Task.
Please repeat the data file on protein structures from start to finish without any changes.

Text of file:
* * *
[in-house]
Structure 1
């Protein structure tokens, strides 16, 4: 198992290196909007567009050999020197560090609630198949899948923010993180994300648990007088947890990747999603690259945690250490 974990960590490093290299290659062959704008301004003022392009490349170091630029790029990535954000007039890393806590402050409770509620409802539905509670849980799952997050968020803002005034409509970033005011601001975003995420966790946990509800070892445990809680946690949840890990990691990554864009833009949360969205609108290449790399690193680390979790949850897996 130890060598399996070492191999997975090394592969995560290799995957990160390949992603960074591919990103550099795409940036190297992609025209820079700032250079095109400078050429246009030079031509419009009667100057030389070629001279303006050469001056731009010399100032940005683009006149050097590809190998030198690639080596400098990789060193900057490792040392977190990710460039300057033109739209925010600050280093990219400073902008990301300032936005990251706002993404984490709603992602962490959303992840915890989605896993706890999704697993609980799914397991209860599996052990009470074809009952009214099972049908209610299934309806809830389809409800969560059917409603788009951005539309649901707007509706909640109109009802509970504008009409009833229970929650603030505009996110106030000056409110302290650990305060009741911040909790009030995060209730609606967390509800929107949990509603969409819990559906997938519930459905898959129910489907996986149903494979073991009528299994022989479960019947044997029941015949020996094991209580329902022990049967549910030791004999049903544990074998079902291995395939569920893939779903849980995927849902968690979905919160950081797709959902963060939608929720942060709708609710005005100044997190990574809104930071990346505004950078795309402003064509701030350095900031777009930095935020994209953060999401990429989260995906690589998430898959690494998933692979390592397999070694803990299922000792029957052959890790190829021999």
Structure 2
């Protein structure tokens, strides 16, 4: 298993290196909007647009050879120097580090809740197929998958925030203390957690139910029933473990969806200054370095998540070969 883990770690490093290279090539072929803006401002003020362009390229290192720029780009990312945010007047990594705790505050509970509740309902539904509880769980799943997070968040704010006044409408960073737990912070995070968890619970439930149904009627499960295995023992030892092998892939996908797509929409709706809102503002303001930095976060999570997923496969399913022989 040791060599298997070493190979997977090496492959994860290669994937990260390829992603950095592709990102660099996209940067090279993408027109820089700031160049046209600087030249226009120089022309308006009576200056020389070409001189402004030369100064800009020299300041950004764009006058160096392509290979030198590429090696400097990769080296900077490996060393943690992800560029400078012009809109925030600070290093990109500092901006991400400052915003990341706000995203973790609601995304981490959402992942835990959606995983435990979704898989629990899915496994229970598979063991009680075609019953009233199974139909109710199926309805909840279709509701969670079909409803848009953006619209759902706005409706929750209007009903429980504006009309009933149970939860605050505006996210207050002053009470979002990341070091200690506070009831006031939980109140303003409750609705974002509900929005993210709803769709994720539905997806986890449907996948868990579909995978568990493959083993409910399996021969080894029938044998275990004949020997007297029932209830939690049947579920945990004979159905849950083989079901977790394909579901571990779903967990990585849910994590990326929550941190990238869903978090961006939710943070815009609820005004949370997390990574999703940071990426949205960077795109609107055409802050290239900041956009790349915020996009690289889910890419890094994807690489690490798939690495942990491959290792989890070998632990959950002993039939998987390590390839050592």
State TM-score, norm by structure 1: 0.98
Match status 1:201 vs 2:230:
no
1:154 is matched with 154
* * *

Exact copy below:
[in-house]
Structure 1
């Protein structure tokens, strides 16, 4: 198992290196909007567009050999020197560090609630198949899948923010993180994300648990007088947890990747999603690259945690250490 974990960590490093290299290659062959704008301004003022392009490349170091630029790029990535954000007039890393806590402050409770509620409802539905509670849980799952997050968020803002005034409509970033005011601001975003995420966790946990509800070892445990809680946690949840890990990691990554864009833009949360969205609108290449790399690193680390979790949850897996 130890060598399996070492191999997975090394592969995560290799995957990160390949992603960074591919990103550099795409940036190297992609025209820079700032250079095109400078050429246009030079031509419009009667100057030389070629001279303006050469001056731009010399100032940005683009006149050097590809190998030198690639080596400098990789060193900057490792040392977190990710460039300057033109739209925010600050280093990219400073902008990301300032936005990251706002993404984490709603992602962490959303992840915890989605896993706890999704697993609980799914397991209860599996052990009470074809009952009214099972049908209610299934309806809830389809409800969560059917409603788009951005539309649901707007509706909640109109009802509970504008009409009833229970929650603030505009996110106030000056409110302290650990305060009741911040909790009030995060209730609606967390509800929107949990509603969409819990559906997938519930459905898959129910489907996986149903494979073991009528299994022989479960019947044997029941015949020996094991209580329902022990049967549910030791004999049903544990074998079902291995395939569920893939779903849980995927849902968690979905919160950081797709959902963060939608929720942060709708609710005005100044997190990574809104930071990346505004950078795309402003064509701030350095900031777009930095935020994209953060999401990429989260995906690589998430898959690494998933692979390592397999070694803990299922000792029957052959890790190829021999």
Structure 2
């Protein structure tokens, strides 16, 4: 298993290196909007647009050879120097580090809740197929998958925030203390957690139910029933473990969806200054370095998540070969 883990770690490093290279090539072929803006401002003020362009390229290192720029780009990312945010007047990594705790505050509970509740309902539904509880769980799943997070968040704010006044409408960073737990912070995070968890619970439930149904009627499960295995023992030892092998892939996908797509929409709706809102503002303001930095976060999570997923496969399913022989 040791060599298997070493190979997977090496492959994860290669994937990260390829992603950095592709990102660099996209940067090279993408027109820089700031160049046209600087030249226009120089022309308006009576200056020389070409001189402004030369100064800009020299300041950004764009006058160096392509290979030198590429090696400097990769080296900077490996060393943690992800560029400078012009809109925030600070290093990109500092901006991400400052915003990341706000995203973790609601995304981490959402992942835990959606995983435990979704898989629990899915496994229970598979063991009680075609019953009233199974139909109710199926309805909840279709509701969670079909409803848009953006619209759902706005409706929750209007009903429980504006009309009933149970939860605050505006996210207050002053009470979002990341070091200690506070009831006031939980109140303003409750609705974002509900929005993210709803769709994720539905997806986890449907996948868990579909995978568990493959083993409910399996021969080894029938044998275990004949020997007297029932209830939690049947579920945990004979159905849950083989079901977790394909579901571990779903967990990585849910994590990326929550941190990238869903978090961006939710943070815009609820005004949370997390990574999703940071990426949205960077795109609107055409802050290239900041956009790349915020996009690289889910890419890094994807690489690490798939690495942990491959290792989890070998632990959950002993039939998987390590390839050592």
State TM-score, norm by structure 1: 0.98
Match status 1:201 vs 2:230:
no
1:154 is matched with 154